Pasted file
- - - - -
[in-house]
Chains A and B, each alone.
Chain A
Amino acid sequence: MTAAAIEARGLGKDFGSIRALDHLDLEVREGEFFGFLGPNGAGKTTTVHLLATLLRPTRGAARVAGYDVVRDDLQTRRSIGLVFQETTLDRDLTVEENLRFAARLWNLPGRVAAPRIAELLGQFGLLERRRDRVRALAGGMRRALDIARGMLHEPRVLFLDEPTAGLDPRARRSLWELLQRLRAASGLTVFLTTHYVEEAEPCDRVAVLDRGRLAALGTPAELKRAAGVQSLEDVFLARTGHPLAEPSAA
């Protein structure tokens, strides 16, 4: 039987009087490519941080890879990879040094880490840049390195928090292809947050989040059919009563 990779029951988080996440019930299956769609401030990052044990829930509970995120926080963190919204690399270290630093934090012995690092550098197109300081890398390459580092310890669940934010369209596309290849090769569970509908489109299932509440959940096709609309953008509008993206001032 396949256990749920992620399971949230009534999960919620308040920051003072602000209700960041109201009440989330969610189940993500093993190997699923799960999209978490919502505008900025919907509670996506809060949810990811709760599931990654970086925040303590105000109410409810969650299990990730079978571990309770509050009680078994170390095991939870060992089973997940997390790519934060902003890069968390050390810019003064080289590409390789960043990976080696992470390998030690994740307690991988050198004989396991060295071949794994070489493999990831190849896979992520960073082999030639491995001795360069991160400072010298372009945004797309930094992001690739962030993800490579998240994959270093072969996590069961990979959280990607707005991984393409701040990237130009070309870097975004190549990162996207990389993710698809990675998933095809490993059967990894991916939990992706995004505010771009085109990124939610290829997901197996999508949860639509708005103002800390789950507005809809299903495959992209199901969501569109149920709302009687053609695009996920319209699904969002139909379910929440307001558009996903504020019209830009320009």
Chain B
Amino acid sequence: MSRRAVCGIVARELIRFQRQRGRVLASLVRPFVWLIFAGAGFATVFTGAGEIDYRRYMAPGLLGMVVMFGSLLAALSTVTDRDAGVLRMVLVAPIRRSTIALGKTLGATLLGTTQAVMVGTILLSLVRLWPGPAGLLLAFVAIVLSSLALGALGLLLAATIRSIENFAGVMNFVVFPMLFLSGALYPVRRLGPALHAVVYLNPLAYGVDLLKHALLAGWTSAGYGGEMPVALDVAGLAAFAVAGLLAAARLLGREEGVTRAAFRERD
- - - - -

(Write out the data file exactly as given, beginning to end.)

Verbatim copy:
[in-house]
Chains A and B, each alone.
Chain A
Amino acid sequence: MTAAAIEARGLGKDFGSIRALDHLDLEVREGEFFGFLGPNGAGKTTTVHLLATLLRPTRGAARVAGYDVVRDDLQTRRSIGLVFQETTLDRDLTVEENLRFAARLWNLPGRVAAPRIAELLGQFGLLERRRDRVRALAGGMRRALDIARGMLHEPRVLFLDEPTAGLDPRARRSLWELLQRLRAASGLTVFLTTHYVEEAEPCDRVAVLDRGRLAALGTPAELKRAAGVQSLEDVFLARTGHPLAEPSAA
């Protein structure tokens, strides 16, 4: 039987009087490519941080890879990879040094880490840049390195928090292809947050989040059919009563 990779029951988080996440019930299956769609401030990052044990829930509970995120926080963190919204690399270290630093934090012995690092550098197109300081890398390459580092310890669940934010369209596309290849090769569970509908489109299932509440959940096709609309953008509008993206001032 396949256990749920992620399971949230009534999960919620308040920051003072602000209700960041109201009440989330969610189940993500093993190997699923799960999209978490919502505008900025919907509670996506809060949810990811709760599931990654970086925040303590105000109410409810969650299990990730079978571990309770509050009680078994170390095991939870060992089973997940997390790519934060902003890069968390050390810019003064080289590409390789960043990976080696992470390998030690994740307690991988050198004989396991060295071949794994070489493999990831190849896979992520960073082999030639491995001795360069991160400072010298372009945004797309930094992001690739962030993800490579998240994959270093072969996590069961990979959280990607707005991984393409701040990237130009070309870097975004190549990162996207990389993710698809990675998933095809490993059967990894991916939990992706995004505010771009085109990124939610290829997901197996999508949860639509708005103002800390789950507005809809299903495959992209199901969501569109149920709302009687053609695009996920319209699904969002139909379910929440307001558009996903504020019209830009320009």
Chain B
Amino acid sequence: MSRRAVCGIVARELIRFQRQRGRVLASLVRPFVWLIFAGAGFATVFTGAGEIDYRRYMAPGLLGMVVMFGSLLAALSTVTDRDAGVLRMVLVAPIRRSTIALGKTLGATLLGTTQAVMVGTILLSLVRLWPGPAGLLLAFVAIVLSSLALGALGLLLAATIRSIENFAGVMNFVVFPMLFLSGALYPVRRLGPALHAVVYLNPLAYGVDLLKHALLAGWTSAGYGGEMPVALDVAGLAAFAVAGLLAAARLLGREEGVTRAAFRERD